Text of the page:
Bt Brinjal Case study

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    Bt Brinjal

    National Consultationson

    A primer on concerns,

    issues and prospects

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    Bt Brinjal

    National Consultationson

    A primer on concerns,

    issues and prospects

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    1. Introduction 1

    2. Brinjals in India 3

    3. Genetically Modified Crops and the Brinjal 5

    4. Bt Brinjal: Prospects and Concerns 13

    5. Glossary 196. References 20

    Contents

    Disclaimer: This booklet has been compiled by the Centre for EnvironmentEducation (CEE) as a primer for discussants at the national consultations anddoes not in any way express the views of the Ministry of Environment and Forests,Government of India or of the Centre for Environment Education.

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    Introduction

    What is Bt Brinjal?Bt Brinjal is a transgenic brinjal created by inserting a genecry1Ac from the soil bacterium Bacillus thuringiensis into Brinjal.This is said to give the Brinjal plant resistance againstlepidopteran insects like the Brinjal Fruit and Shoot BorerLeucinodes orbonalis and Fruit Borer Helicoverpa armigera.

    What is the controversy about?Bt Brinjal has generated much debate in India. The promoterssay that Bt Brinjal will be beneficial to small farmers because itis insect resistant, increases yields, is more cost-effective andwill have minimal environmental impact. On the other hand,concerns about Bt Brinjal relate to its possible adverse impacton human health and bio-safety, livelihoods and biodiversity.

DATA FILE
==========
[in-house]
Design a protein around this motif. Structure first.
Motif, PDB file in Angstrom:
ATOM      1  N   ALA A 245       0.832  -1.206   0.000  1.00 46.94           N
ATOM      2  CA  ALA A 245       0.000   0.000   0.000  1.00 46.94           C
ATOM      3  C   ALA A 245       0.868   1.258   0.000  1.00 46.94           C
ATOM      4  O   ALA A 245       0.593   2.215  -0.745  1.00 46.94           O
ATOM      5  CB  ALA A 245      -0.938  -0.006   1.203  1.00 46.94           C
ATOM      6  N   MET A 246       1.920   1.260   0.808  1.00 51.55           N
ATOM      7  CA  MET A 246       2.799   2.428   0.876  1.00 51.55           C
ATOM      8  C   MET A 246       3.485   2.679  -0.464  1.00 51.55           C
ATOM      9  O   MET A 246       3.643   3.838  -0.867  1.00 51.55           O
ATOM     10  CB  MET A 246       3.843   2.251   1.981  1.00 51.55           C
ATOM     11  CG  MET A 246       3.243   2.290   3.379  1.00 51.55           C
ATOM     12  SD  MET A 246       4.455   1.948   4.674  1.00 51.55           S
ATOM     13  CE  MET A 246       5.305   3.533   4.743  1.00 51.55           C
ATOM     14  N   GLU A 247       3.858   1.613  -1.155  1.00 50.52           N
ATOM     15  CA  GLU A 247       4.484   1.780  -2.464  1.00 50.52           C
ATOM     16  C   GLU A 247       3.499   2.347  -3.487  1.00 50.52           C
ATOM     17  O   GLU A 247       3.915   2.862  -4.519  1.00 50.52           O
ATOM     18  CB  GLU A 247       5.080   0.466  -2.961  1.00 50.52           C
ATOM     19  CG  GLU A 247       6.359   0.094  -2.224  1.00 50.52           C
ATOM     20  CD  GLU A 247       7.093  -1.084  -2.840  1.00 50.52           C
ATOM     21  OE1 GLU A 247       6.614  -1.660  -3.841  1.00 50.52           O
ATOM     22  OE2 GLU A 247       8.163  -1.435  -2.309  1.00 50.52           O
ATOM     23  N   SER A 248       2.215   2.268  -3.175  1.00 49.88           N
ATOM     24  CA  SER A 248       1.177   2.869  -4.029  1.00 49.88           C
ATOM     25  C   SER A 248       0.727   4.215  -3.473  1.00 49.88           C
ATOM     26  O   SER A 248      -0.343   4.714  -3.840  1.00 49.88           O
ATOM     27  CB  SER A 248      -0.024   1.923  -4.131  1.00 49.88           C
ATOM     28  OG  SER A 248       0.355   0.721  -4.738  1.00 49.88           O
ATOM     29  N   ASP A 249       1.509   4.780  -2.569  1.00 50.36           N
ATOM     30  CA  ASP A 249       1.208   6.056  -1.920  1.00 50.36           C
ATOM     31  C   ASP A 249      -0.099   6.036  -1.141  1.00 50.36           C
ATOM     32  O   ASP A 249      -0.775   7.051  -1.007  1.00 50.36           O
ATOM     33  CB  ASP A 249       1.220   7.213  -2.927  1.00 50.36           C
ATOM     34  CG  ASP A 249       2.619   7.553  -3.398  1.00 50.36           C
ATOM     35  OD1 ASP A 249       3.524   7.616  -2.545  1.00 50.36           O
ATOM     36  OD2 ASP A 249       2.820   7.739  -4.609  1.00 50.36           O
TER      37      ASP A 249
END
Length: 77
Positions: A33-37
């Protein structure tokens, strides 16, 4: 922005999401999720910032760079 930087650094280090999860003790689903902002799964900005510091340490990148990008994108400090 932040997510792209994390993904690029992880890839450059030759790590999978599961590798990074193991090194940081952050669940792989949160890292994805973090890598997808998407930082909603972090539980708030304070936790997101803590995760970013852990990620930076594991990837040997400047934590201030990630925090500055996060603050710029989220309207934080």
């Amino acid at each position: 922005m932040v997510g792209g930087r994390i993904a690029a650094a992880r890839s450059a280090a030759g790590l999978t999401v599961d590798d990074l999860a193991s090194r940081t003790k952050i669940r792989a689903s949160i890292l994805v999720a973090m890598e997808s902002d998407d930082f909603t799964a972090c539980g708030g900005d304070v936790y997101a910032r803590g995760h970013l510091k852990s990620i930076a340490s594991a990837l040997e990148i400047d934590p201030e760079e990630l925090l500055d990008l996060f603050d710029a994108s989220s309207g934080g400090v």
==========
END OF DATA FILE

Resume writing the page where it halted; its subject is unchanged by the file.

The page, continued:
What is the official response to the controversy?

    The Ministry of Environment and Forests (MoEF) has astatutory body called the Genetic Engineering ApprovalCommittee (GEAC) which has recommended the environmentalrelease of Bt Brinjal in India based on the recommendations ofthe Review Committee on Genetic Manipulation (RCGM), astatutory body and two expert committees constituted by theGEAC between 2006 and 2009. However the Minister of State(I/C) for Environment and Forests, responding to strong views

    raised both for and against the introduction of the Bt Brinjal, hascalled for public consultations across the country before takinga final decision on this issue.

    The Centre for Environment Education, an autonomousorganization engaged in Environmental and SustainabilityEducation, has been entrusted with the task of organizing theseconsultations. 1

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    What are the objectives of the nationalconsultations on Bt Brinjal?